The tax plan put forward this week by Republican leaders in Congress would add nearly $4 trillion to the national debt and would be offset only by a $300 billion spending freeze, a Washington Post analysis states.
While the cost of the Tax Hike Prevention Act of 2010 hasn’t been calculated yet, the Post reports that a similar but “slightly more expensive” plan analyzed by the non-partisan Congressional Budget Office found it would cost $3.9 trillion over 10 years, making it roughly four times as expensive as the Democrats’ health reforms, which will cost less than $1 trillion over the same period.
The Republican tax bill, introduced this week by Senate Minority Leader Mitch McConnell (R-KY), aims to prevent the Democratic-controlled Congress from letting the Bush tax cuts of 2001 and 2003 expire. The tax reductions will expire at the end of the year if they are not extended.
The Post notes that an accompanying spending freeze proposed by McConnell would save $300 billion, which the newspaper describes as a “drop in the bucket” compared to the cost of the tax cut extension.
The plan’s hefty price tag, coming at a time when many in the Republican grassroots are growing alarmed about skyrocketing budget deficits, has provided the Democrats with fuel for the mid-term elections, as they seek to paint the GOP as dishonest or hypocritical when claiming to be the party of fiscal responsibility.
The Democrats’ plan for the tax cuts hasn’t been fully worked out yet, but the Post reports that President Obama’s favored option — allowing the tax cuts to expire for households earning more than $250,000 a year, and making them permanent for everyone else — would raise the deficit about $1.4 trillion.
Pat Garofalo at ThinkProgress reports that the GOP’s plan includes a cut to the estate tax “that would gift $91 billion to the richest 0.25 percent of households.”
The Republican tax plan comes despite recent polls consistently showing that a plurality of Americans want to see the tax cuts for the rich expire. The latest poll, conducted for CBS News and the New York Times, finds 53 percent in favor of rescinding the tax cuts, with 38 percent opposing the move.
In a US News & World Report column, Democratic strategist Peter Fenn describes McConnell’s proposal as “scary” and says it uses “Halloween math.”
Is this a conservative taxing and spending prescription? Is this coming from the same party that has been complaining about out-of-control deficits? Who urges us to tighten our belts? Who professes to solve our economic problems?
This is ideological politics, not pragmatic public policy. It is the single-minded mantra of tax cuts as the answer to every problem, when it actually exacerbates the problem.
Yet despite the criticism and the price tag, GOP leaders appear to be rallying to the plan. House Minority Leader John Boehner (R-OH), who just this past weekend indicated he would be willing to accept the Democrats’ plan to end the tax cuts for the rich, appeared to have changed his mind by Wednesday. The Washington Post reports:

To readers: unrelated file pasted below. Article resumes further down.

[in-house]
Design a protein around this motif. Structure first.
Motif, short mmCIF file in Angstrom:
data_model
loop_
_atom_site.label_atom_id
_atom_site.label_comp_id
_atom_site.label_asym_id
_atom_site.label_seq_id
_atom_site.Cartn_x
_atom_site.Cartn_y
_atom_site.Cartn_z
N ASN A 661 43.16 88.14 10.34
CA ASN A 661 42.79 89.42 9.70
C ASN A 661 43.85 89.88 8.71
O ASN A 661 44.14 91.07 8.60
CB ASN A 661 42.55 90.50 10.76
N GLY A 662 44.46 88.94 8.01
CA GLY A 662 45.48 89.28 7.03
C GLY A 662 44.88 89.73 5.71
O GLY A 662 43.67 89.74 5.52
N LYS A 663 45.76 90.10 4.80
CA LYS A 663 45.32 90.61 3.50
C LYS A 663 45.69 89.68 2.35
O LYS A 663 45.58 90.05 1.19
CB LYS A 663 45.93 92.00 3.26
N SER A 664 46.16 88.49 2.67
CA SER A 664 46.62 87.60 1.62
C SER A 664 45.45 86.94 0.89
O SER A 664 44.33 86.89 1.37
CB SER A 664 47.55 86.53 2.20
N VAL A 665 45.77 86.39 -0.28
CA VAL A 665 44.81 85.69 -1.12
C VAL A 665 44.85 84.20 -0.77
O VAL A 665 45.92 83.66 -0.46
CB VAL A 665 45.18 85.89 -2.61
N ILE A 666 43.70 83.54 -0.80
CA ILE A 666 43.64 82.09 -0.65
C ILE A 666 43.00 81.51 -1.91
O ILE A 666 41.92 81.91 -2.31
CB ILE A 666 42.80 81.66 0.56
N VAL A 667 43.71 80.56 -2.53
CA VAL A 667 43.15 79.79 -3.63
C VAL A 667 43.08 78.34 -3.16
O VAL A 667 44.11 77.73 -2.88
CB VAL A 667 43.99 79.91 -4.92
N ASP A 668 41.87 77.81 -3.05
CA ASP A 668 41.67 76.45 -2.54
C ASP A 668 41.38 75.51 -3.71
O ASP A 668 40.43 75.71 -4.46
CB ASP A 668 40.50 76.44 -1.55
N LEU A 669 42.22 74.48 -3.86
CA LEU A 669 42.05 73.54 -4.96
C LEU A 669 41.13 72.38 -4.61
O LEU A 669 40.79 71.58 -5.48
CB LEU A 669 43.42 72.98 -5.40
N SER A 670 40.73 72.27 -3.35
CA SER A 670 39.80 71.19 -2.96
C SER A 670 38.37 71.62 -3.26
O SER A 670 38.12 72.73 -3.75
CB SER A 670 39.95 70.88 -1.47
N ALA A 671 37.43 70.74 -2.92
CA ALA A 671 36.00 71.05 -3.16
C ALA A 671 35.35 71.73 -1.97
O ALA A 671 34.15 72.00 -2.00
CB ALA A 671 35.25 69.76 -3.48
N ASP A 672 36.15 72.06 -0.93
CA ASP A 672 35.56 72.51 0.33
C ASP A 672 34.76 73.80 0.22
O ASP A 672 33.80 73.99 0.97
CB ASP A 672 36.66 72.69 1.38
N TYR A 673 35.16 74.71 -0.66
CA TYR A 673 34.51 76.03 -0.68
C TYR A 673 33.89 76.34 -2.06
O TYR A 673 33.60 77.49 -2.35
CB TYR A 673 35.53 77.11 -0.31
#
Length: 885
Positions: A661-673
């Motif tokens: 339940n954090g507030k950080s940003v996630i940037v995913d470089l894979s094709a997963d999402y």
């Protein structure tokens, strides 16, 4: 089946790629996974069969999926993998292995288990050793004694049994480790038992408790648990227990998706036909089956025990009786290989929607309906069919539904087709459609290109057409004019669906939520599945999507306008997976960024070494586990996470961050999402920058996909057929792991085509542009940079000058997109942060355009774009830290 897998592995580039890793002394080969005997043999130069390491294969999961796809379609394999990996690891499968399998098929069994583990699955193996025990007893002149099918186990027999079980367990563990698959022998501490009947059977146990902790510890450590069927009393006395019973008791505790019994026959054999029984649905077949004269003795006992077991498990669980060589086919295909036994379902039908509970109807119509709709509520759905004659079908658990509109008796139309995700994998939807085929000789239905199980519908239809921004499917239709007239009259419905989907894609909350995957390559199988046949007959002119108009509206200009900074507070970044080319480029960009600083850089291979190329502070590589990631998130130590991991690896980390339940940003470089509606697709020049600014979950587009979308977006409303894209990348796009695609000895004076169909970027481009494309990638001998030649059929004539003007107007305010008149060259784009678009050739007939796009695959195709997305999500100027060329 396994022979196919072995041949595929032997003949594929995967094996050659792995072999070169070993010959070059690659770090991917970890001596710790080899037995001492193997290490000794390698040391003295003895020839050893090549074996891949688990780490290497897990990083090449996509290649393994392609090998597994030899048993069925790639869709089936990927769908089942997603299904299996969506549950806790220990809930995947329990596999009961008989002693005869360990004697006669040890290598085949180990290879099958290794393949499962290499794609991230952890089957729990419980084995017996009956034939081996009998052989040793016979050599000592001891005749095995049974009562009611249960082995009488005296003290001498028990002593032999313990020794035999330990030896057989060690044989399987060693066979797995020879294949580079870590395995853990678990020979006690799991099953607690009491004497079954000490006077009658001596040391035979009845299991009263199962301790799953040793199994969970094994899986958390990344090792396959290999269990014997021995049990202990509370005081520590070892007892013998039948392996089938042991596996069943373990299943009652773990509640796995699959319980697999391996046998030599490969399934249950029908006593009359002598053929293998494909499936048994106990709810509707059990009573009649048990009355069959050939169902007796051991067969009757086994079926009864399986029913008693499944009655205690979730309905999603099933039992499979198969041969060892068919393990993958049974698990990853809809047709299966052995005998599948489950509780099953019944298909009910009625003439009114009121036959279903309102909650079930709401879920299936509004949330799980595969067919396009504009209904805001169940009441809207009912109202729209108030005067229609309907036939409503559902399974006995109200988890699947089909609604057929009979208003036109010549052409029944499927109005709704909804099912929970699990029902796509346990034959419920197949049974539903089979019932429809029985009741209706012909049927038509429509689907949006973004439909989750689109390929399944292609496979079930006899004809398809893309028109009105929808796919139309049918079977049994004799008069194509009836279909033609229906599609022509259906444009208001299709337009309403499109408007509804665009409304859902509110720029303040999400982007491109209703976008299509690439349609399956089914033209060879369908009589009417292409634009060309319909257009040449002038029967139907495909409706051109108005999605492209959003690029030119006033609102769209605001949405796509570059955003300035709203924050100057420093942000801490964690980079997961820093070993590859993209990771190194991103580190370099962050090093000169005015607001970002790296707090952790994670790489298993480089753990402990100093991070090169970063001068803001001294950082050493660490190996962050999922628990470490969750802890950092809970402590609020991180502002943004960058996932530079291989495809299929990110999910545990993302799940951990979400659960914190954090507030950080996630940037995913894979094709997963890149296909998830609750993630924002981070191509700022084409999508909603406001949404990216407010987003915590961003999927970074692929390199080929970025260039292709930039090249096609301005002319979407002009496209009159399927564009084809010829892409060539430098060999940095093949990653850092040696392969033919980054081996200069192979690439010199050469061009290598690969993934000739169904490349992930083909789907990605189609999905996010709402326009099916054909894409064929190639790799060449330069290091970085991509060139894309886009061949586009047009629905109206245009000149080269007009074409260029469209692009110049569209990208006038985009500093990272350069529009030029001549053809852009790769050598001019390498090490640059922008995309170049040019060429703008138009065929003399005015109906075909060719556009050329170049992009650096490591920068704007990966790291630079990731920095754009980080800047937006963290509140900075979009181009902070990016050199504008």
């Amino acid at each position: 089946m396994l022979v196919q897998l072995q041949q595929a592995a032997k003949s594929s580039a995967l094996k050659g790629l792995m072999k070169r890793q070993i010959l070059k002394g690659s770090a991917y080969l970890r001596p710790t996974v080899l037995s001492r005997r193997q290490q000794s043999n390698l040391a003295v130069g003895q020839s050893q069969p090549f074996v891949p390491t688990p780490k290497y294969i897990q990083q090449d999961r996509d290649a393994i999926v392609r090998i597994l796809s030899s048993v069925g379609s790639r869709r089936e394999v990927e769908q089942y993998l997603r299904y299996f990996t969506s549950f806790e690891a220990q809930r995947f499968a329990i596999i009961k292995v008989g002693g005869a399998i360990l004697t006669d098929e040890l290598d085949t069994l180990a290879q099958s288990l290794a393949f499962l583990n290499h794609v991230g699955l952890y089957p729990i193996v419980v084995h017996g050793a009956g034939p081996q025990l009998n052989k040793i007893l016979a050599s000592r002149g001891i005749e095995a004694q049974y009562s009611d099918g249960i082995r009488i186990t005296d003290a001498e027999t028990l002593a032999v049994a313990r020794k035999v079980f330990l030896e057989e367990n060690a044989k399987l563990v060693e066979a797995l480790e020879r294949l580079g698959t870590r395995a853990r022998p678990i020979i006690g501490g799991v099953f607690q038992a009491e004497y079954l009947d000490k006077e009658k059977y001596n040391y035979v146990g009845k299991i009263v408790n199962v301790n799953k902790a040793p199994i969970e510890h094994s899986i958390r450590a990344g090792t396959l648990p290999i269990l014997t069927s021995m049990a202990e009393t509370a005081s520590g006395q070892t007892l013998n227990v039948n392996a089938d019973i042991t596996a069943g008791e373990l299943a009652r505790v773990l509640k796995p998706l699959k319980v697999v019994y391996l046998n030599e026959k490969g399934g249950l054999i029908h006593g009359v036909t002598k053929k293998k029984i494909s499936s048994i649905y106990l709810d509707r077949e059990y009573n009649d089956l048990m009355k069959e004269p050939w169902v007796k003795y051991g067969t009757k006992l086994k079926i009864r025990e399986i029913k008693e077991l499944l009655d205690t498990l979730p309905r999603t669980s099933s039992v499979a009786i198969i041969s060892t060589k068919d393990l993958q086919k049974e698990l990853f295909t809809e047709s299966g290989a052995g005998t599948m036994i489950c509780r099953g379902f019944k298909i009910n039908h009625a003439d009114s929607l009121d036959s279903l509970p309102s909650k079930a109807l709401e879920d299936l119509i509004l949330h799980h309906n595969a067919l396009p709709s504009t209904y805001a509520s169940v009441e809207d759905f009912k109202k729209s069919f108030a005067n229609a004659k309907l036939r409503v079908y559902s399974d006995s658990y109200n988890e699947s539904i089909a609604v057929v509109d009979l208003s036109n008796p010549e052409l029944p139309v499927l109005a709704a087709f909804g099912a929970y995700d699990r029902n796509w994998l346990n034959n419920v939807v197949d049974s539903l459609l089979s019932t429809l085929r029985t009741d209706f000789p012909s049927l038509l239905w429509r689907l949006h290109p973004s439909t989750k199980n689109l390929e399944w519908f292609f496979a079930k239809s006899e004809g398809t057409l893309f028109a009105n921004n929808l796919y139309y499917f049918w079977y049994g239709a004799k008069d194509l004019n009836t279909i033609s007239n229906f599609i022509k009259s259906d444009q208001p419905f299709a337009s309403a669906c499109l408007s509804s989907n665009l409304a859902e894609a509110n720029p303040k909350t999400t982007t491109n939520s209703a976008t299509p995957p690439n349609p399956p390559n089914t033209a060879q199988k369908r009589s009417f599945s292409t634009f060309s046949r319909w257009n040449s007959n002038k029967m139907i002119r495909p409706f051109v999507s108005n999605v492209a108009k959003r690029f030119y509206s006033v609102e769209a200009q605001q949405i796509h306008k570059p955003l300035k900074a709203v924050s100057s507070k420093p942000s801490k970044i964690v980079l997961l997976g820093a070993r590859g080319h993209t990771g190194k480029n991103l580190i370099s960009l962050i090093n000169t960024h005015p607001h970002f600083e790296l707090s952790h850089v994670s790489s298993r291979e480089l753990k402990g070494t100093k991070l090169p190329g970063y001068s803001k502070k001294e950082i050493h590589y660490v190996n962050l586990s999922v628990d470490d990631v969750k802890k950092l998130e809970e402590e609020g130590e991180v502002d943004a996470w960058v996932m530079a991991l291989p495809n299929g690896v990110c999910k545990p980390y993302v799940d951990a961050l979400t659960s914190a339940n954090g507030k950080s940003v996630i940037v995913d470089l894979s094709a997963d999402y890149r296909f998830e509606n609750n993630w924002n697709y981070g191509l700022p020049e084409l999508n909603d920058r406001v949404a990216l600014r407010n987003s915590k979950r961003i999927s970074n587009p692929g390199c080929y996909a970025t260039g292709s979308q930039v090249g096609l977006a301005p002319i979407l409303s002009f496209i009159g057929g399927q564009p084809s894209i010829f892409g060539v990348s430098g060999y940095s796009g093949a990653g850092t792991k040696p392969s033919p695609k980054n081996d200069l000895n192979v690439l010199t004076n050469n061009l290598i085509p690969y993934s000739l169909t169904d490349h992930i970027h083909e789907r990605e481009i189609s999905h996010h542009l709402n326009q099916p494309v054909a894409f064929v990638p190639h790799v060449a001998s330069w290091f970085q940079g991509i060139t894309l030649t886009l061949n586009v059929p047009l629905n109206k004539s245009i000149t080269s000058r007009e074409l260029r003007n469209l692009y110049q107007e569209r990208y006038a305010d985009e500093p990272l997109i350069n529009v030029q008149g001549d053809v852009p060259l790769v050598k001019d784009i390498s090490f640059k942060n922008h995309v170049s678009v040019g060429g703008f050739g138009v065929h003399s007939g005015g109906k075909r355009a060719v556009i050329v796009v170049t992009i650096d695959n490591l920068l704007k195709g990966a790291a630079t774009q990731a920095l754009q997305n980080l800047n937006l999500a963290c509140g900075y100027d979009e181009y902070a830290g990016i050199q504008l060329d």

At a news conference on Capitol Hill, Boehner repeatedly emphasized that he would support only legislation that kept in place all of the tax cuts. He sidestepped questions about how he and Republicans would vote if Democrats insisted on pushing through a measure that ends the tax cut on household incomes of more than $250,000 a year.
Trump chief of staff Mark Meadows committed campaign finance crimes: watchdog group
The government ethics watchdog organization Citizens for Responsibility and Ethics in Washington (CREW) filed a complaint on Friday accusing White House chief of staff Mark Meadows of campaign finance crimes for allegedly spending thousands of dollars in campaign funds on personal expenses, including clubs, gourmet cupcakes, a jeweler in Washington and lodging at the president's hotel.
Win or lose — Trump is about to unleash hell
With poll numbers staying put and the odds of a Joe Biden win in Tuesday's election looking good — possibly by a decisive margin — there's mounting dread about how Donald Trump will behave after a defeat. After all, Trump is a sociopathic narcissist with the emotional control of a — well, I won't insult toddlers with the comparison — and he lives in mortal terror of being viewed as a loser. He's already made clear that he will refuses to concede, no matter what, and he's grasping desperately for any way to get legal ballots thrown out so he can steal the election.
GOP senator offended LDS community after likening Trump to a ‘selfless’ Book of Mormon hero: report
Politics and religion are colliding out west after comments a Republican senator made while stumping for the president.
"Sen. Mike Lee drew criticism from members of The Church of Jesus Christ of Latter-day Saints this week after comparing President Donald Trump to Captain Moroni, a heroic and selfless figure in the Book of Mormon," The Arizona Republic reported Friday evening.
"To my Mormon friends, my Latter-day Saint friends, think of him as Captain Moroni," Lee (R-UT) said, pointing to Trump. "He seeks not power, but to pull it down. He seeks not the praise of the world or the ‘fake news,’ but he seeks the well-being and the peace of the American people."